Because of the large number of false alarms with car alarms, many vehicle manufacturers no longer factory fit simple noise-making alarms, instead offering silent—but effective—immobilizers.[citation needed] Alternatively, an aftermarket vehicle tracking system can enable the police to trace stolen vehicles. Most police tracking systems require the user to pay a recurring fee, whereas factory immobilizers are included in the purchase price of the vehicle. GPS locating systems enable the owner of the vehicle to lock and unlock, track, and disable the starter of the vehicle online. Other additional options allow the user to receive messages if the alarm is set off or if the vehicle breaches a specified speed or boundary. GPS systems are usually not paid monthly but locates are purchased. Both classes of devices deter someone from taking the vehicle without consent but do not cover them from theft, or vandalism of, the vehicle.

Frequently, false alarms occur because car alarm owners use high sensivity settings. This is the main reason why loud bass frequency sound (loud music, other cars or motorcycles with loud exhaust systems, thunderstorms, etc.) can set off car alarms. Second possible reason is that some parts of the alarm system may be improperly installed. For example, a typical mistake is that the microwave sensor is not pointed upward as intended. Third possible reason is that the shock sensor is mounted to bad surface, where all the vibrations caused by sound leads to shock sensor. If reducing sensivity doesnt help. Then other way to solve this problem is that you place foam (or something another soft material that absorbs vibrations/sounds) under the shock censor or even covering/surround the whole shock censor with foam. it can also be necessary to consider other methods to mount the shock censor instead of using metal screws. Also some of the window breakage sensors( those sensors that does use microphone(s) to detect broken windows) can false detect window breaking, for example, someone blows up loud firework near the car, causing car windows to rattle.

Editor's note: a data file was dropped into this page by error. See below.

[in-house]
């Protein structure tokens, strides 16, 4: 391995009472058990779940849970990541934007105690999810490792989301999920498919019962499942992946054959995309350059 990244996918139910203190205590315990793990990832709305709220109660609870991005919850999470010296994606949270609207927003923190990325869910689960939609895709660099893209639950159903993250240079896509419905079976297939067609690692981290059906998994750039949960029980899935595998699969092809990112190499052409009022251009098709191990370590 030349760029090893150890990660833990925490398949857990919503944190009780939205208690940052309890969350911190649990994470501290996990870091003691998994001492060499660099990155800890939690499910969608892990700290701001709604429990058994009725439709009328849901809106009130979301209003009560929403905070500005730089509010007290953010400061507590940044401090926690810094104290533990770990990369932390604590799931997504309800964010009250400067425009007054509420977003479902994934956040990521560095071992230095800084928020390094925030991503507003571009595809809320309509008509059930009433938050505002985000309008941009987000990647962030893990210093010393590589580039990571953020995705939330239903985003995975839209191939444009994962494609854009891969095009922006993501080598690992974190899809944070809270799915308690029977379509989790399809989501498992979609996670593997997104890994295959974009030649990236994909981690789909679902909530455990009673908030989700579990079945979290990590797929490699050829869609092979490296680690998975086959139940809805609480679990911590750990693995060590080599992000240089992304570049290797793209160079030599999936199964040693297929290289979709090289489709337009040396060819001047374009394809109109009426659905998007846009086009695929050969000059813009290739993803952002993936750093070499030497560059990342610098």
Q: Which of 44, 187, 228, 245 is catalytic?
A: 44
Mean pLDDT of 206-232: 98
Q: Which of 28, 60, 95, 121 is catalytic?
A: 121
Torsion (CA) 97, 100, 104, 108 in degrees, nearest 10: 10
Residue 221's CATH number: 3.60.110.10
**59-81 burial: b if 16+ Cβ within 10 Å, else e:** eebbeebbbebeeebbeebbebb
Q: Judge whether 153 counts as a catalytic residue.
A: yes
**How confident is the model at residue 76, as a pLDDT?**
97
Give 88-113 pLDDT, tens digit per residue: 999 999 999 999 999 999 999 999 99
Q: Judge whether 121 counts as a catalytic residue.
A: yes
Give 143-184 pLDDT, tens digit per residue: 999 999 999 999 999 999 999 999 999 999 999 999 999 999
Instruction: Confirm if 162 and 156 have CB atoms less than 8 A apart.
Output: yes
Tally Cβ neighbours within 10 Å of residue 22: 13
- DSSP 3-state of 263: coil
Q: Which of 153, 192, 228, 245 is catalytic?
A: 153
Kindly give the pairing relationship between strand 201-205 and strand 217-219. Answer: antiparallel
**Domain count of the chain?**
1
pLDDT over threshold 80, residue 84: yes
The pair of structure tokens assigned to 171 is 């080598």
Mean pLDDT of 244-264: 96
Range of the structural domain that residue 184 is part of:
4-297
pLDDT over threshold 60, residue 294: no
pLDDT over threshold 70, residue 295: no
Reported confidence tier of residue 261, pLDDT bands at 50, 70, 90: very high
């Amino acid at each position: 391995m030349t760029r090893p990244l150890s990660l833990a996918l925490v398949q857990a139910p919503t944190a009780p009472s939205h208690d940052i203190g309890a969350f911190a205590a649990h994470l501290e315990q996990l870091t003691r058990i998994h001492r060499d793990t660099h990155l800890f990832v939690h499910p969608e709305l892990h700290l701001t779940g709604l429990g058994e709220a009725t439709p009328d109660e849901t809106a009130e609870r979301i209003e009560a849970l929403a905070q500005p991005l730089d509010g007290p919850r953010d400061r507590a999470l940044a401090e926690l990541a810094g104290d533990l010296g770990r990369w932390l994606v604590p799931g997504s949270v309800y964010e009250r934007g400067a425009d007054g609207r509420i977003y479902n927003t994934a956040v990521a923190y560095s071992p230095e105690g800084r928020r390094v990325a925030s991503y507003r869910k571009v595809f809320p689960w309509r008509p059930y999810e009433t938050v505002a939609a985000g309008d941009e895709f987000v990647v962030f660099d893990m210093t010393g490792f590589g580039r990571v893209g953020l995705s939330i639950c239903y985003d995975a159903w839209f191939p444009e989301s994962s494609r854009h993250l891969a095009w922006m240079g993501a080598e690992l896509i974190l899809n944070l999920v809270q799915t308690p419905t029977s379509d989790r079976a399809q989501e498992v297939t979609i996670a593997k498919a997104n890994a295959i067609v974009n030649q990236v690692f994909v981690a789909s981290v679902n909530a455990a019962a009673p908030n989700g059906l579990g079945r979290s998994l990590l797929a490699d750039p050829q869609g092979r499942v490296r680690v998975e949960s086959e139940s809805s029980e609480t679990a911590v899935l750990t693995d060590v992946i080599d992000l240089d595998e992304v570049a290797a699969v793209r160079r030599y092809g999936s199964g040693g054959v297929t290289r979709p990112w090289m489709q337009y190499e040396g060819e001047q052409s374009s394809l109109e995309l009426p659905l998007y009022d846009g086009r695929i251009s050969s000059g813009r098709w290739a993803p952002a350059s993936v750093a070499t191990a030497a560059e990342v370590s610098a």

A spoof video of a product called the "Orgasalarm" does not sound like a normal car alarm, which is usually annoying and ignored. Instead, it releases a very loud recording of a woman in orgasm. The shreiks of pleasure will attract attention like nothing else and the thief will likely bail when they realize everyone in a 1/2 mile radius is looking at them.

Yet another class of security covers aftermarket car alarms that include 2-way paging controllers. Two-way pagers have remote control functions built-in, allowing the user to arm and disarm the alarm while informing the user of threats made to the vehicle. Some 2-way systems have an LCD icon display that can pinpoint the actual part of the vehicle being threatened. Many two-way pagers can also alert the user with beeps or silent vibration. All two-way pagers have a listed effective range that must be considered. You may not receive pages if you're outside the effective range.


  1. ^ Police Strategy No. 5: Reclaiming the Public Spaces of New York, New York City: New York Police Department, 1994 

See also

External links